A recent New Yorker article reexamines this phenomenon, linking it to the "implicit-egotism effect." What it basically dictates is that we are drawn to the things and people that most resemble us. What's more, we're linked to the similar "name-letter" effect, meaning that people favor words and letters, that share letters with yours. Consider it the desired maintenance of a verbal status quo.
Inevitably, the race factor will come into play here, especially in an employment situation. In 2004, Martine Bertrand and Sendhil Mullainathan sent out 5,000 resumes around Chicago to test out a theory relevant to these ideas. The resumes were split into four groups, featuring an equal number of "black-sounding" and "white-sounding" names, and an equal division of high and low quality candidates between the two. Each potential employer received two resumes from the same qualification group, one "black-sounding" and one "white-sounding." The "white-sounding" resumes received 50% more callbacks; in fact, the advantage of a "white-sounding" resume equalled about eight extra years of employment. A similar study was carried out in Sweden, and found that applicants with Swedish (or neutral) names were preferred over equally qualified candidates with African, Slavic, or Asian names. The study also found that when immigrants changed their names to something neutral, their earnings increased.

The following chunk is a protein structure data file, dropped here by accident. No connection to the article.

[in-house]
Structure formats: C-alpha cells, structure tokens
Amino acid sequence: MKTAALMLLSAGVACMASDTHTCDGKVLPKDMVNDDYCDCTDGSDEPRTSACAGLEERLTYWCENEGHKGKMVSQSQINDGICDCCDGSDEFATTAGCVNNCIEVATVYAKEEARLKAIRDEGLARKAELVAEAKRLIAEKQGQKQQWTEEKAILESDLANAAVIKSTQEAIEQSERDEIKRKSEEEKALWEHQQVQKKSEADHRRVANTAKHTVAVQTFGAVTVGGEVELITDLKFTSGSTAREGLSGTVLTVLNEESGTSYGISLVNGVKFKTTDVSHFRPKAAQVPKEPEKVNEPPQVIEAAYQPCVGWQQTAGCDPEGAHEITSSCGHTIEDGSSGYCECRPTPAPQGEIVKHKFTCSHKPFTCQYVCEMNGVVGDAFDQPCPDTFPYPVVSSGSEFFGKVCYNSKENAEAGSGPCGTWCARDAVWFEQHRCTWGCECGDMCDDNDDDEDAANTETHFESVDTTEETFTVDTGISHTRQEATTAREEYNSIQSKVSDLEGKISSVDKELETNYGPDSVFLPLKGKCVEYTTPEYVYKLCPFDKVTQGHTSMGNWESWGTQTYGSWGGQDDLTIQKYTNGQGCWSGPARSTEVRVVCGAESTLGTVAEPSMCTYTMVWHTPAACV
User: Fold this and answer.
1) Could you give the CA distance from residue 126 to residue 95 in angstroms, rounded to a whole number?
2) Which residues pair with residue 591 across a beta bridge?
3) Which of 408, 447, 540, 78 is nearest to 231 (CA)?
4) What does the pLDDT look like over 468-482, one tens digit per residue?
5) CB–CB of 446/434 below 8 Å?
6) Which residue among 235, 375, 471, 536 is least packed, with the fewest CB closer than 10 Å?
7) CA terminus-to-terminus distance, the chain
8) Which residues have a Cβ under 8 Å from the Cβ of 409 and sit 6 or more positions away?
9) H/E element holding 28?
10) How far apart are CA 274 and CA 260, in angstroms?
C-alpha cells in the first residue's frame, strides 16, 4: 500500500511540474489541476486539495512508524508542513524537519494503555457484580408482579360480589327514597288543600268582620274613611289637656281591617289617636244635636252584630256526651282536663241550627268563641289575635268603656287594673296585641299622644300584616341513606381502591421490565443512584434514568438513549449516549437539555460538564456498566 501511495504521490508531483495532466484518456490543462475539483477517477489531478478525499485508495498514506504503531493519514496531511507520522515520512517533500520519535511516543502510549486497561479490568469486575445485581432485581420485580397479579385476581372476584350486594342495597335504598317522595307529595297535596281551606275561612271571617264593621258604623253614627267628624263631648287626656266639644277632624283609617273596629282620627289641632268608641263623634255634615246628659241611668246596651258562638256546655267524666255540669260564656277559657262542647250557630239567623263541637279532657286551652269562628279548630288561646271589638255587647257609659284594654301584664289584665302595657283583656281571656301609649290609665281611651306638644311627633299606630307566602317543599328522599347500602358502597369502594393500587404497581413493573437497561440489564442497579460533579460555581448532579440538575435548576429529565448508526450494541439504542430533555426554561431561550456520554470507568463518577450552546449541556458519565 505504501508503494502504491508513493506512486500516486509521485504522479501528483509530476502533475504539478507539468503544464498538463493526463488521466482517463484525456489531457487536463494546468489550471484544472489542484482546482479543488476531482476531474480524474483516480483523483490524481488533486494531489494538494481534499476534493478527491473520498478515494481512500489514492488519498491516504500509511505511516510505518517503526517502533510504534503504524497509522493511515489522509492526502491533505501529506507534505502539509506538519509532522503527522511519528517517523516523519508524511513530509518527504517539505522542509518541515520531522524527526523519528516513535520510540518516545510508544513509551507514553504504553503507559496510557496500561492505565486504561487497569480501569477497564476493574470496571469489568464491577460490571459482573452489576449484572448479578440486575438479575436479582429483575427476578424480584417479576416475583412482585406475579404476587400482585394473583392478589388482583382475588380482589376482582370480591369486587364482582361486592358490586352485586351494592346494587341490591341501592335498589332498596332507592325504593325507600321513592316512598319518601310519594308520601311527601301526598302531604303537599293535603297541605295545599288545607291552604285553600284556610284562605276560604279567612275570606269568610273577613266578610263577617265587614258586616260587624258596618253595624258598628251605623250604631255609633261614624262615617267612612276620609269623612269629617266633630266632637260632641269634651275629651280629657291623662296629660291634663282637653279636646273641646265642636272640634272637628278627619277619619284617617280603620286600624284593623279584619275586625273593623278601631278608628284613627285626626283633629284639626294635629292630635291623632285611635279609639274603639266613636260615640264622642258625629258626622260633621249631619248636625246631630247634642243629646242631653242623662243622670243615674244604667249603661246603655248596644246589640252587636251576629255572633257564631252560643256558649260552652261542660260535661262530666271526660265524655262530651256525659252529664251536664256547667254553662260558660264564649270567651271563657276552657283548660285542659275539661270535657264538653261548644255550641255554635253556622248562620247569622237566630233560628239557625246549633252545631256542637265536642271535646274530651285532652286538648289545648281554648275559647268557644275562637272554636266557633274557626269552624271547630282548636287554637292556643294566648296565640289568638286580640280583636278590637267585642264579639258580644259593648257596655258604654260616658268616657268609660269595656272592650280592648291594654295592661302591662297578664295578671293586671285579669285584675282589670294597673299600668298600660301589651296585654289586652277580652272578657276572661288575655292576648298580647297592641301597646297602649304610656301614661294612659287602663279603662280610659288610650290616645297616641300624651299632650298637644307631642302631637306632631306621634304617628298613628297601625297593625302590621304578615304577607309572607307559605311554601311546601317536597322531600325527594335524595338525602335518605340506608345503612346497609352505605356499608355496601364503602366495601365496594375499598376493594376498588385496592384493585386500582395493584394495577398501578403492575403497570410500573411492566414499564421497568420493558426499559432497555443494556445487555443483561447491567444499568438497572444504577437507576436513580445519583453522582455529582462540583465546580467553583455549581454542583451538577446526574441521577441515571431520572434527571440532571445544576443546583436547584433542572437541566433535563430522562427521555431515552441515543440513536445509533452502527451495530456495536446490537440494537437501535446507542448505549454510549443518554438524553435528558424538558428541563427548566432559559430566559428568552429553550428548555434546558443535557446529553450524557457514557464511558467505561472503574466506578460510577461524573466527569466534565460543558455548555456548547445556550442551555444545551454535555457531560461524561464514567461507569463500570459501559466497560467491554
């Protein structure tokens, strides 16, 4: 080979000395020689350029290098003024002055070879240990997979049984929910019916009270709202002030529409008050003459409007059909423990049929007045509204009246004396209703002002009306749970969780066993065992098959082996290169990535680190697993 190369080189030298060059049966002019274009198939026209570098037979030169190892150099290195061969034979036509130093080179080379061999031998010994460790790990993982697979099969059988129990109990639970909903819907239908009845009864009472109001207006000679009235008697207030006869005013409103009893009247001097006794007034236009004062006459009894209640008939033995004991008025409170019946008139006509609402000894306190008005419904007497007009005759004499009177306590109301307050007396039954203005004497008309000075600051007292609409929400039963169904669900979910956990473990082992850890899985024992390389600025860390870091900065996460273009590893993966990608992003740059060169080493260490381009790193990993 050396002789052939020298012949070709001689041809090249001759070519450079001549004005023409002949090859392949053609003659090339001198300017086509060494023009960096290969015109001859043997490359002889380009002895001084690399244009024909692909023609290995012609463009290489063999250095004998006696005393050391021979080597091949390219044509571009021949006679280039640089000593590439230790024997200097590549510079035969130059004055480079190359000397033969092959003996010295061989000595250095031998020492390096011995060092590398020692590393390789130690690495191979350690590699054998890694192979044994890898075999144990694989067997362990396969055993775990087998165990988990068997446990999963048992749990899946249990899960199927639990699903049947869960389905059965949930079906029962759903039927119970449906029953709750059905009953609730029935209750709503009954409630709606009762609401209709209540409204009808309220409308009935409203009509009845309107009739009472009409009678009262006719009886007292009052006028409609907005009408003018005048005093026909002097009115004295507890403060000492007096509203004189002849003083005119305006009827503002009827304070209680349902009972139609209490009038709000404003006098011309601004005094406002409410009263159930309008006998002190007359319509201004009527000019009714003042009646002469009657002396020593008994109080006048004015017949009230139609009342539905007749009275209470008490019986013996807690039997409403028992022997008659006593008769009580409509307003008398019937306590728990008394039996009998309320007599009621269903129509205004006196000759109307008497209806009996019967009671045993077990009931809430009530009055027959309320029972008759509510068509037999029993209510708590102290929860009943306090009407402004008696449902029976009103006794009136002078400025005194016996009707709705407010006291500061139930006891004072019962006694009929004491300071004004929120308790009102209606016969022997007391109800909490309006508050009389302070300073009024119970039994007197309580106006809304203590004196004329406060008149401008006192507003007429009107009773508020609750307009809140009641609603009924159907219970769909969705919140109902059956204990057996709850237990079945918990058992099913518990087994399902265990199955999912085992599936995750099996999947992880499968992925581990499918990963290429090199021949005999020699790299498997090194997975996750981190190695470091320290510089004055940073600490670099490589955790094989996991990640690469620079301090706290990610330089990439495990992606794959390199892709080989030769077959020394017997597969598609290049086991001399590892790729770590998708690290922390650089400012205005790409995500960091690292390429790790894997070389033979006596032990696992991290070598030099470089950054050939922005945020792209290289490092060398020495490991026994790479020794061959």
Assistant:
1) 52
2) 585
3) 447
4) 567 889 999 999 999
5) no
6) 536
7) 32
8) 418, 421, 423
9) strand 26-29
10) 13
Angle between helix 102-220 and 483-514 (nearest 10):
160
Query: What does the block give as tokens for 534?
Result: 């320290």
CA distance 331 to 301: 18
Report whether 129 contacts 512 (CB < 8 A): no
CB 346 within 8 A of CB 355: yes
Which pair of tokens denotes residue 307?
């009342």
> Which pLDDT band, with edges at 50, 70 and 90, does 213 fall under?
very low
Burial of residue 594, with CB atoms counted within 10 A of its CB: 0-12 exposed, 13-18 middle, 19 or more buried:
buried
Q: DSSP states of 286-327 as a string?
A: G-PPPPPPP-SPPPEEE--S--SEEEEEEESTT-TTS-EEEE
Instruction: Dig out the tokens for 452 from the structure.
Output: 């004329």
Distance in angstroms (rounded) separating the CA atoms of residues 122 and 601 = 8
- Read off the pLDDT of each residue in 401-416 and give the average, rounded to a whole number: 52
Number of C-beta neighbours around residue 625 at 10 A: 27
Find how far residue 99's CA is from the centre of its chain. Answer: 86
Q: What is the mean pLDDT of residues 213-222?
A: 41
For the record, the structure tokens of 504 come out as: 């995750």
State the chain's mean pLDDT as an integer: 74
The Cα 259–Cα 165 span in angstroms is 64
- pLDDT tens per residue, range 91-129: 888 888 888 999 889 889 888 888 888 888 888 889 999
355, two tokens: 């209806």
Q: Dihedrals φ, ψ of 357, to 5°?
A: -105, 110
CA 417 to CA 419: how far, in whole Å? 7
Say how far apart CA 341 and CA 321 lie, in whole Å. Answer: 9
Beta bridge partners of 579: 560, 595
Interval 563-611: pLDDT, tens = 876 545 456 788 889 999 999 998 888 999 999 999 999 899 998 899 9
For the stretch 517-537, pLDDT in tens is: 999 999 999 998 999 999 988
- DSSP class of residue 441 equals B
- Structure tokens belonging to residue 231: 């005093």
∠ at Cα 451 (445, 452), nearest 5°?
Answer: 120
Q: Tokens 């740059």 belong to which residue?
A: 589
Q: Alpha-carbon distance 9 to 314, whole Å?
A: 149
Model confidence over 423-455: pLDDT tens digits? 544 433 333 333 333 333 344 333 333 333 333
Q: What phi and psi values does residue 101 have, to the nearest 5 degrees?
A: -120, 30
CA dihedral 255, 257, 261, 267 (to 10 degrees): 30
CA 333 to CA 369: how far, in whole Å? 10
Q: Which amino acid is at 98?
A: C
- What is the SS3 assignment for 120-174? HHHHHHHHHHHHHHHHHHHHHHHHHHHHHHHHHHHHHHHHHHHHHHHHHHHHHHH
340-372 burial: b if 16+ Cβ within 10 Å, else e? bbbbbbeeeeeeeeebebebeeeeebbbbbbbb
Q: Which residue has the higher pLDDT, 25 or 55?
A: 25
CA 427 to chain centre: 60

Although there's a lot of controversy surrounding the validity and interpretation of such studies, they continue to raise valid questions about how we form judgements on people — even from an early age. Economist David Figlio argues: "A boy named ‘Damarcus’ is estimated to have 1.1 national percentile points lower math and reading scores than would his brother named ‘Dwayne,’ all else equal, and ‘Damarcus’ would in turn have three-quarters of a percentile ranking higher test scores than his brother named Da’Quan." Names linked to lower socioeconomic status yielded lower teacher expectations. For example, those with Asian names tended to receive higher teacher expectations and more frequent placement in gifted programs.
It doesn't always add up, of course. There's the whole correlation vs. causation debate, for one. When Steven Levitt and Roland Fryer controlled for a child's birth circumstances instead of the "blackness" of their name, they found that the name didn't have much bearing on their long-term status after all — but their actual socioeconomic background did. Maria Konnikova concludes her piece by asking us to consider this: "What signals does my name send—and what does it imply?" And, we'll just add that whatever your name implies — or doesn't — simply comes down to heuristics. It's up to you to establish your true worth —and grant others the same right. (The New Yorker)